[EM] Richard Moore's idea continued (was Martin Harper's "Majority Potential" Idea Applied to Social Orderings)
Forest Simmons
fsimmons at pcc.edu
Sat Apr 26 12:35:06 PDT 2003
Here's a concise summary of one way of applying Richard's idea.
(1) Convert all marked ballots, as well as all possible permutations
(rankings) of the candidates, to vectors whose components have mean zero
and variance one.
(2) The winning social ordering (i.e. ranking of the candidates) is the
one represented by the vector which is most likely to project on the same
side of a random vector as the majority of vectors representing the marked
ballots.
Of course the set of random vectors considered are supposed to be
uniformly distributed among the vectors of the appropriate type. By the
appropriate type we mean having the same number of components, the same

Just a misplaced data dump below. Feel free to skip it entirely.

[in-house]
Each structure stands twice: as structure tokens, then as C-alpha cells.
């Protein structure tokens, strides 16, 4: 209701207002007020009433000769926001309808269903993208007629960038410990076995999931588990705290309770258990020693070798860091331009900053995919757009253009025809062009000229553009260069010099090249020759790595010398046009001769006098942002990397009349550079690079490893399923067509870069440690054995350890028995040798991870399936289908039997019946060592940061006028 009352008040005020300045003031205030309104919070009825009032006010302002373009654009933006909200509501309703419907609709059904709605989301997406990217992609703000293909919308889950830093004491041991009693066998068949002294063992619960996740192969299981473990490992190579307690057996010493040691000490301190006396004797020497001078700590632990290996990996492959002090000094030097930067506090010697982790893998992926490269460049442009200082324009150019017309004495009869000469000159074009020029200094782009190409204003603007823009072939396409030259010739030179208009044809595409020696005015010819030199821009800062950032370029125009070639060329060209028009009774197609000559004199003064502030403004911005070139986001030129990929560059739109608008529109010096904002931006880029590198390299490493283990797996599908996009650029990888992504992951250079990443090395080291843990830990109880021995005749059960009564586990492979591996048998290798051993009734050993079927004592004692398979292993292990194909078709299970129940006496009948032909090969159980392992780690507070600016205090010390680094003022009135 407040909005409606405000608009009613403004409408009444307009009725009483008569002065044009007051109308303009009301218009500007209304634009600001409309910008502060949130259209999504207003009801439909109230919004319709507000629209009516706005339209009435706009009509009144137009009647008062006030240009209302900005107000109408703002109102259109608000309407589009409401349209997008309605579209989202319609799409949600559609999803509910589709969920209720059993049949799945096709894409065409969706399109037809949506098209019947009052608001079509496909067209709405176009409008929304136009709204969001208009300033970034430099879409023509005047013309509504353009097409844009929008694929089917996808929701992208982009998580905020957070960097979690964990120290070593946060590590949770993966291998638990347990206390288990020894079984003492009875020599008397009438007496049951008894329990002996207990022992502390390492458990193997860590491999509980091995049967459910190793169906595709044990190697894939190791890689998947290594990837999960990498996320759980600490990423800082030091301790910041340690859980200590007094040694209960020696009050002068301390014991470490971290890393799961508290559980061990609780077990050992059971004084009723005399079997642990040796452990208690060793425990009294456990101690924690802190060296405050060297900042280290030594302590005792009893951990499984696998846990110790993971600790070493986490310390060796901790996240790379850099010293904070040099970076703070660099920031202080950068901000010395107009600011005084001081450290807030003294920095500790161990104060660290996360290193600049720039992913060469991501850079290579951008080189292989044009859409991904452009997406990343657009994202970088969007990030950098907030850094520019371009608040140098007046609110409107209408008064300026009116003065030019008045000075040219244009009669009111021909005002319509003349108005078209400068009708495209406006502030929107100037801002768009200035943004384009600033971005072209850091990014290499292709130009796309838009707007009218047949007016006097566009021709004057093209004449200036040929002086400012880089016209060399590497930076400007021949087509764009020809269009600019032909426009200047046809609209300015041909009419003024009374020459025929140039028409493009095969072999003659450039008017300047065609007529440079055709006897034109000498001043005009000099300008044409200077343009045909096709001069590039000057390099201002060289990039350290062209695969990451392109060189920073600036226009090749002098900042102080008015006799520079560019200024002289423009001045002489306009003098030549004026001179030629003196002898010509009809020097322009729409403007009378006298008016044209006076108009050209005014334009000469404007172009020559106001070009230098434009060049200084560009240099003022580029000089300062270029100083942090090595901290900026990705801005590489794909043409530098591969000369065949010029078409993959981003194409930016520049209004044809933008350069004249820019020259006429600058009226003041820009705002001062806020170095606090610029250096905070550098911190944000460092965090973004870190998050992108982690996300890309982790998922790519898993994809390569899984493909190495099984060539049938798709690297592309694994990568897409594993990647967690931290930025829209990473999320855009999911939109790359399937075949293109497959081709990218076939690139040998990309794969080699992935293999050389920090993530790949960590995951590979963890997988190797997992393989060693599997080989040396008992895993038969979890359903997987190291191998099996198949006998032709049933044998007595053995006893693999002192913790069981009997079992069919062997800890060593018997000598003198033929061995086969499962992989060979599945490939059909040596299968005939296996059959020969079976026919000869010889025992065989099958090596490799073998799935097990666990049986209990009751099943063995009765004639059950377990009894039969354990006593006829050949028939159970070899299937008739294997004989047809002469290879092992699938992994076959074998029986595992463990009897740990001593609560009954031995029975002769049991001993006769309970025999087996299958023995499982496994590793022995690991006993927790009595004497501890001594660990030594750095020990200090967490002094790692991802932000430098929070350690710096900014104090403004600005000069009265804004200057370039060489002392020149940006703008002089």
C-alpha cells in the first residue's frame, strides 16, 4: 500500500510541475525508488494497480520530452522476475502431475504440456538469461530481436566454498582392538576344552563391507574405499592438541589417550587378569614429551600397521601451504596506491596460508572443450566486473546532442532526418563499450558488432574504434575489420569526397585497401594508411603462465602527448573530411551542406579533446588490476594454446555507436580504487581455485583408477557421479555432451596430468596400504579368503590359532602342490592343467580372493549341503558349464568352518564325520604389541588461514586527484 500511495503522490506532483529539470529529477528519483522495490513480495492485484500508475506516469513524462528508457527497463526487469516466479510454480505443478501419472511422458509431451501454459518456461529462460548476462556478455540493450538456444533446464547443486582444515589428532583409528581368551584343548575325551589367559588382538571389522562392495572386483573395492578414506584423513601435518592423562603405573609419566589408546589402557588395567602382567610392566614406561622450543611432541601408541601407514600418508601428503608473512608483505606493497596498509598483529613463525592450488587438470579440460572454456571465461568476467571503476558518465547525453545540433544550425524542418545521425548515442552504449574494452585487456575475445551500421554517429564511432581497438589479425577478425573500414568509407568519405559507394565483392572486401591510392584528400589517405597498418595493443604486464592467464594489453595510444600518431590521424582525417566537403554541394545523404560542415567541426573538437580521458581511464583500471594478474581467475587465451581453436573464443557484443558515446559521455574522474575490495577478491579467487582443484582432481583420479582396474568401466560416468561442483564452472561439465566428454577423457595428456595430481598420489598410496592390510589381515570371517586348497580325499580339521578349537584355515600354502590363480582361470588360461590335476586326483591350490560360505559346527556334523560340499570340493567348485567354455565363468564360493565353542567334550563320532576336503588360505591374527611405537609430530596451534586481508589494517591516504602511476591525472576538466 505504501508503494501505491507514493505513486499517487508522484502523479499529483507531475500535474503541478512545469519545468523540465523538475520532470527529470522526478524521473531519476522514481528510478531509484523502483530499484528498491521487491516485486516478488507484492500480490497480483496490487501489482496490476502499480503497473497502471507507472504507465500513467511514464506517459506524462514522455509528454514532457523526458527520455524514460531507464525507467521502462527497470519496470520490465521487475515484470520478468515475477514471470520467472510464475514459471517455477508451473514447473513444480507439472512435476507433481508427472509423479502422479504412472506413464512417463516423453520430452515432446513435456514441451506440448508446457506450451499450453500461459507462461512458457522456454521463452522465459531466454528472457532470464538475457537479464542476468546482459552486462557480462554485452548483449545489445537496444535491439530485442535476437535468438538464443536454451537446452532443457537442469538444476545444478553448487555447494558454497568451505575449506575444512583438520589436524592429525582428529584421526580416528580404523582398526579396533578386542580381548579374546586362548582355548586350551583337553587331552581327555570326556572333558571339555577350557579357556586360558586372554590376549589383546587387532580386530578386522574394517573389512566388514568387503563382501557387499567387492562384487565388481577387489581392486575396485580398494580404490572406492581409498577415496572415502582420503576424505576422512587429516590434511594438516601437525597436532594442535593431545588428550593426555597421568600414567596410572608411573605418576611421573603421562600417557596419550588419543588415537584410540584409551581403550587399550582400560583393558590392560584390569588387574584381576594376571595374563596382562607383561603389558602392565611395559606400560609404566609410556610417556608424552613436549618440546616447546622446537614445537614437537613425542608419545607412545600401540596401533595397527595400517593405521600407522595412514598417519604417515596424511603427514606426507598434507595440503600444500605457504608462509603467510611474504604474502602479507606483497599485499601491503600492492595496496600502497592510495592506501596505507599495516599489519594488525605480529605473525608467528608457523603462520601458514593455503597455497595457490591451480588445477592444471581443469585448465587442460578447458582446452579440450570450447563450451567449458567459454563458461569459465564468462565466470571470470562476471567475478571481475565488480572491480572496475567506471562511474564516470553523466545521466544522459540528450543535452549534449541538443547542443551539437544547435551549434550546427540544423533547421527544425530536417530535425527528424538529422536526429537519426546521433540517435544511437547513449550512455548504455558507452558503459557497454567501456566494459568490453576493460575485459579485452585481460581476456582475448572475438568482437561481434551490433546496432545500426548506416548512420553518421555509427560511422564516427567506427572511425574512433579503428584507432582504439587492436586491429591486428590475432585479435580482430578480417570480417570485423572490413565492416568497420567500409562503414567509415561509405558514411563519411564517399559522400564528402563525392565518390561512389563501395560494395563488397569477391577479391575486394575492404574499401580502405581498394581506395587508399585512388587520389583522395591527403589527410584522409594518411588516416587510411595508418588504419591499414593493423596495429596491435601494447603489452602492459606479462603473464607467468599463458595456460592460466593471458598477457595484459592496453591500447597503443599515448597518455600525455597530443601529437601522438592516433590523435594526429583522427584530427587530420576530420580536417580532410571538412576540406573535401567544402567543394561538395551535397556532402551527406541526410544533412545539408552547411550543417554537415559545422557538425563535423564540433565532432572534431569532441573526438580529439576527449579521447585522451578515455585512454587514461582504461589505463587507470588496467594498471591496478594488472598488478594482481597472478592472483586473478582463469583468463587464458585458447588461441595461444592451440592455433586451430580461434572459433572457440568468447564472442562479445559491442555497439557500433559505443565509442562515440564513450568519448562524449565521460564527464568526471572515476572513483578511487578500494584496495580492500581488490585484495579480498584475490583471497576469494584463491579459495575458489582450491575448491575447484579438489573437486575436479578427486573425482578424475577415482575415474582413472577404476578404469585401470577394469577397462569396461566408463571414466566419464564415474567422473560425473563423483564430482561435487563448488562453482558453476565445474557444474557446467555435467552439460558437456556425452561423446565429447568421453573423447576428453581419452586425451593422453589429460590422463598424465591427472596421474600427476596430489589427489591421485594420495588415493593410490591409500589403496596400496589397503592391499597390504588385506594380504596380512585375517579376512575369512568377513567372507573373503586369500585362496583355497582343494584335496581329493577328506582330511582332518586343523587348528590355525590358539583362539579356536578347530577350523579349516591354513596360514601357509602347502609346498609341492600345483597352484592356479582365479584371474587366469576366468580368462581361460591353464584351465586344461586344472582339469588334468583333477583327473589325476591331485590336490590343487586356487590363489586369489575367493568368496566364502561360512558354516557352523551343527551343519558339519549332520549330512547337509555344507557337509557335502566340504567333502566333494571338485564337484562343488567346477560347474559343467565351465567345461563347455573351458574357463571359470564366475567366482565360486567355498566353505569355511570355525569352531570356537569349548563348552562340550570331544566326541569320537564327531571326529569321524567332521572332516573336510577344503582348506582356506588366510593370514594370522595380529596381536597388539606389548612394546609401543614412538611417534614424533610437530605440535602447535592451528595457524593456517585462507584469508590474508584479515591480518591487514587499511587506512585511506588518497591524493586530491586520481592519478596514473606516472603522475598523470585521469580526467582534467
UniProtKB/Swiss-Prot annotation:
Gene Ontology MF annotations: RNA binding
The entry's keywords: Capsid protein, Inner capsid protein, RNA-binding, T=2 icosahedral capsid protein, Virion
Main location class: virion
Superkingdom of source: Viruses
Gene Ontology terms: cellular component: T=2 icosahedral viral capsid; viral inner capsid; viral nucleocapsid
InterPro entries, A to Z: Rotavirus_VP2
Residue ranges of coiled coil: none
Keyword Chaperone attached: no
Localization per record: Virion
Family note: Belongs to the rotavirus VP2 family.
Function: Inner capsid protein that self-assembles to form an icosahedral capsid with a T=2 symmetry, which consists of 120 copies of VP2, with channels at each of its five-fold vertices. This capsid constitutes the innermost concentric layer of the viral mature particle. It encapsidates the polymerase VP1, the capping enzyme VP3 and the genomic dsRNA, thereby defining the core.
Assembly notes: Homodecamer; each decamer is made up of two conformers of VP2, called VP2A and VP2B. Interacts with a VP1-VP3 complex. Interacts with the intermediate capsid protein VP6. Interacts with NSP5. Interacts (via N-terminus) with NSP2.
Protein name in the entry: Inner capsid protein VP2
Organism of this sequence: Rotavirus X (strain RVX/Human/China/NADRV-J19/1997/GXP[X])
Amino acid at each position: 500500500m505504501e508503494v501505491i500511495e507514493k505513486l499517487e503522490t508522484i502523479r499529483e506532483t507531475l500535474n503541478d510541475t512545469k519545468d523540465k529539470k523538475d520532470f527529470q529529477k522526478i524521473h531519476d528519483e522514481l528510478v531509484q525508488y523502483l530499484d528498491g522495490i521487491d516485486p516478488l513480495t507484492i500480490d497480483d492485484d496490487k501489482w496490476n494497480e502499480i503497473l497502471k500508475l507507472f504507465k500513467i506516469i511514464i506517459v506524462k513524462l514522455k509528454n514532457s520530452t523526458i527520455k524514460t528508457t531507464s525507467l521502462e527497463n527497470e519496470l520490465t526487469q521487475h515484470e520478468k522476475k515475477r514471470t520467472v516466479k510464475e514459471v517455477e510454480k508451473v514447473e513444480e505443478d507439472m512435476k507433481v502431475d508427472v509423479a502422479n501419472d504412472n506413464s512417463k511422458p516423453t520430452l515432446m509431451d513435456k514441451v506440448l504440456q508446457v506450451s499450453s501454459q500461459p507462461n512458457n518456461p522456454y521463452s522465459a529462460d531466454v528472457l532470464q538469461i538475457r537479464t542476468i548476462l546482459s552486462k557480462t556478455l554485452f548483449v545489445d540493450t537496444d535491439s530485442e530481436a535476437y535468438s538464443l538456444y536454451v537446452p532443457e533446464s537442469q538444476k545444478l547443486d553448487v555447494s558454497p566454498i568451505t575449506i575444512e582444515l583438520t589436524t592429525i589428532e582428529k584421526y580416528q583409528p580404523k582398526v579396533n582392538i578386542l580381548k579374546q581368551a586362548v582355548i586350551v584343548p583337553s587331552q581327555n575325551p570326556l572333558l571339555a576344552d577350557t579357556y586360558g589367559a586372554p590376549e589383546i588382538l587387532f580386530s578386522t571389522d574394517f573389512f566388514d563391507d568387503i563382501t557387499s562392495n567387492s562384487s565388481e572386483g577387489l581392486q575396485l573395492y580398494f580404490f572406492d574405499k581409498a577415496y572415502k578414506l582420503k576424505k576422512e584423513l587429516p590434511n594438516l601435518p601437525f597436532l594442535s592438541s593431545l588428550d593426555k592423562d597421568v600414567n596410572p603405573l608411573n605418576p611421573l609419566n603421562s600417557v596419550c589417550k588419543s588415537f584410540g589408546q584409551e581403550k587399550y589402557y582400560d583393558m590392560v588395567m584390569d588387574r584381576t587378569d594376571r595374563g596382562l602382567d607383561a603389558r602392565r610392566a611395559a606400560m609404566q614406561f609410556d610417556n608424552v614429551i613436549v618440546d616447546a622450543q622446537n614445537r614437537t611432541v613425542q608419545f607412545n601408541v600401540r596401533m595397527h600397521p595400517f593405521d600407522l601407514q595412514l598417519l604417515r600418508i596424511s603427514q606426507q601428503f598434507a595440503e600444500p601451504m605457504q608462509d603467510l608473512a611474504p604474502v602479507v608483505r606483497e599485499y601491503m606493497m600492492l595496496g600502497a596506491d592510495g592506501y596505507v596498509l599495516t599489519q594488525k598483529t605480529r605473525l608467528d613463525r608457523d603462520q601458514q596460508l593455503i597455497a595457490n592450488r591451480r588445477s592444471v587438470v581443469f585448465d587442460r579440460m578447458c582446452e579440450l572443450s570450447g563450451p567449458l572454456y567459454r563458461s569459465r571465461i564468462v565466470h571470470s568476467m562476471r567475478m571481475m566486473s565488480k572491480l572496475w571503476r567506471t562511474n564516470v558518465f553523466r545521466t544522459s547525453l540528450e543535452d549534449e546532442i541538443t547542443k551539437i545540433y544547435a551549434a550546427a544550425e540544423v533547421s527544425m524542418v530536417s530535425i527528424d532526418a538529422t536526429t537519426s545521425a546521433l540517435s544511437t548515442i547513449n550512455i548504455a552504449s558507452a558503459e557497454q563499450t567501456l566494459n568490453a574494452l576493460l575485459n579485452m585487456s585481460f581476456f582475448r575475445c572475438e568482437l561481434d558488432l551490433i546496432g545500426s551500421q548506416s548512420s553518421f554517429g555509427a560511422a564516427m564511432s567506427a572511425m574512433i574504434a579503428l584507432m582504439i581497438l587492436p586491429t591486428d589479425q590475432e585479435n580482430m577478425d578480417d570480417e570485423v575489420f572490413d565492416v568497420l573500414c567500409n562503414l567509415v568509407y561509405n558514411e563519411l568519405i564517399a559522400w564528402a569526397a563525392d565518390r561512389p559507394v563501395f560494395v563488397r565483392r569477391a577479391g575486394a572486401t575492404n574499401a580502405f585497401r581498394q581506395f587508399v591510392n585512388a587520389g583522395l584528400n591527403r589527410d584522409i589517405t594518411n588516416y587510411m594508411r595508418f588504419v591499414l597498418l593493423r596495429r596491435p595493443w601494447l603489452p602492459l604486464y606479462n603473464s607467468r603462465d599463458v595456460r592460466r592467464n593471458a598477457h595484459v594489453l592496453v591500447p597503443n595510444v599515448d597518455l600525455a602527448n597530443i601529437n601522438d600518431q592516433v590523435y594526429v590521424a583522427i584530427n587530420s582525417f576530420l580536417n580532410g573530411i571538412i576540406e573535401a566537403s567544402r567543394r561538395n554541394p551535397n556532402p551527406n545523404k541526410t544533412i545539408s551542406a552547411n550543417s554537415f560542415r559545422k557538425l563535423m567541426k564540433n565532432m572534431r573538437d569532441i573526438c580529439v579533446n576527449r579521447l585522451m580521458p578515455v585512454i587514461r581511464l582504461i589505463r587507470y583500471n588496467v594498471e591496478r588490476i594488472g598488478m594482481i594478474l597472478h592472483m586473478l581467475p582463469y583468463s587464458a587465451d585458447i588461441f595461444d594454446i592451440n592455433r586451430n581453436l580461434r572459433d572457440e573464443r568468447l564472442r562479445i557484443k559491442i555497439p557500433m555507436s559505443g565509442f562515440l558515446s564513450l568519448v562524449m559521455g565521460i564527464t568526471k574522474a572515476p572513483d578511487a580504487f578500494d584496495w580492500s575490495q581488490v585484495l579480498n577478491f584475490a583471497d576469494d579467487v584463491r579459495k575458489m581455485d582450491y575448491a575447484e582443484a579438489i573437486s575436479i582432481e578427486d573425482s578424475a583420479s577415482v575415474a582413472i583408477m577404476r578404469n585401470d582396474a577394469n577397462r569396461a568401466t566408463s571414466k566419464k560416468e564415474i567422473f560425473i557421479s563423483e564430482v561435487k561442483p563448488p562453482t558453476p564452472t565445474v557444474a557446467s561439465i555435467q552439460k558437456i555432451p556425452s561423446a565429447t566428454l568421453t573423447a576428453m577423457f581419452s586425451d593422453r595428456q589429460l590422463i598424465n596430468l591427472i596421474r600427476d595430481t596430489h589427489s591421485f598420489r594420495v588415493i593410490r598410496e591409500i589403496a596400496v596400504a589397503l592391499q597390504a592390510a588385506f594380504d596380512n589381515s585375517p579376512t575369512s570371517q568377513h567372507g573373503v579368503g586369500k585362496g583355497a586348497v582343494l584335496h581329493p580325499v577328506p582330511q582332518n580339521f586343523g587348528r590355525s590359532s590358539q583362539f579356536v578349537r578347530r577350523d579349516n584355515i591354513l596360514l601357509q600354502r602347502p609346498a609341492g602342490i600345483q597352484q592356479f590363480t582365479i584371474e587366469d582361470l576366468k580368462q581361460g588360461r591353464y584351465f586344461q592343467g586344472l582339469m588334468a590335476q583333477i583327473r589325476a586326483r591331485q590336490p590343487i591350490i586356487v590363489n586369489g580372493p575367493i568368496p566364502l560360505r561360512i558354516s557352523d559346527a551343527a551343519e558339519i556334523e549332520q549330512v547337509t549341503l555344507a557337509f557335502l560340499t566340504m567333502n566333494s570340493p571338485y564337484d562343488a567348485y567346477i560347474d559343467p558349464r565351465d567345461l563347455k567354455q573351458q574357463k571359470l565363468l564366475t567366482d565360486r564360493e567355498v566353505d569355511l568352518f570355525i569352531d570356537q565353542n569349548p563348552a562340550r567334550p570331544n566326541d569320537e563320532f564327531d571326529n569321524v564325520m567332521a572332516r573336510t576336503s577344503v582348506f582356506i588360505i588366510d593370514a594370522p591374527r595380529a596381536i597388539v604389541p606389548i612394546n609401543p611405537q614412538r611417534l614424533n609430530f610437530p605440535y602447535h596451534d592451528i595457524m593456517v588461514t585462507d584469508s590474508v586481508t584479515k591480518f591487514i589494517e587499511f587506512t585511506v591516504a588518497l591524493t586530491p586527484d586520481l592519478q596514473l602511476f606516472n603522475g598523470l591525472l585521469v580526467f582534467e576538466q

component mean, and the same component variance as the social ordering and
ballot vectors.
The side of projection is determined by the sign of the dot product. For
example, if most of the ballots have a negative dot product with the
random vector, and the ranking in question also has a negative dot
product, then it is on the same side as the majority.
In practice when the probability calculations are too long or complicated,
the winning social ordering can be determined by Monte Carlo simulation,
using many randomly chosen test vectors until the desired level of
certainty about which ordering is most likely to agree with the majority
in the long run is established, according to established principles of
probability and statistics.
Forest
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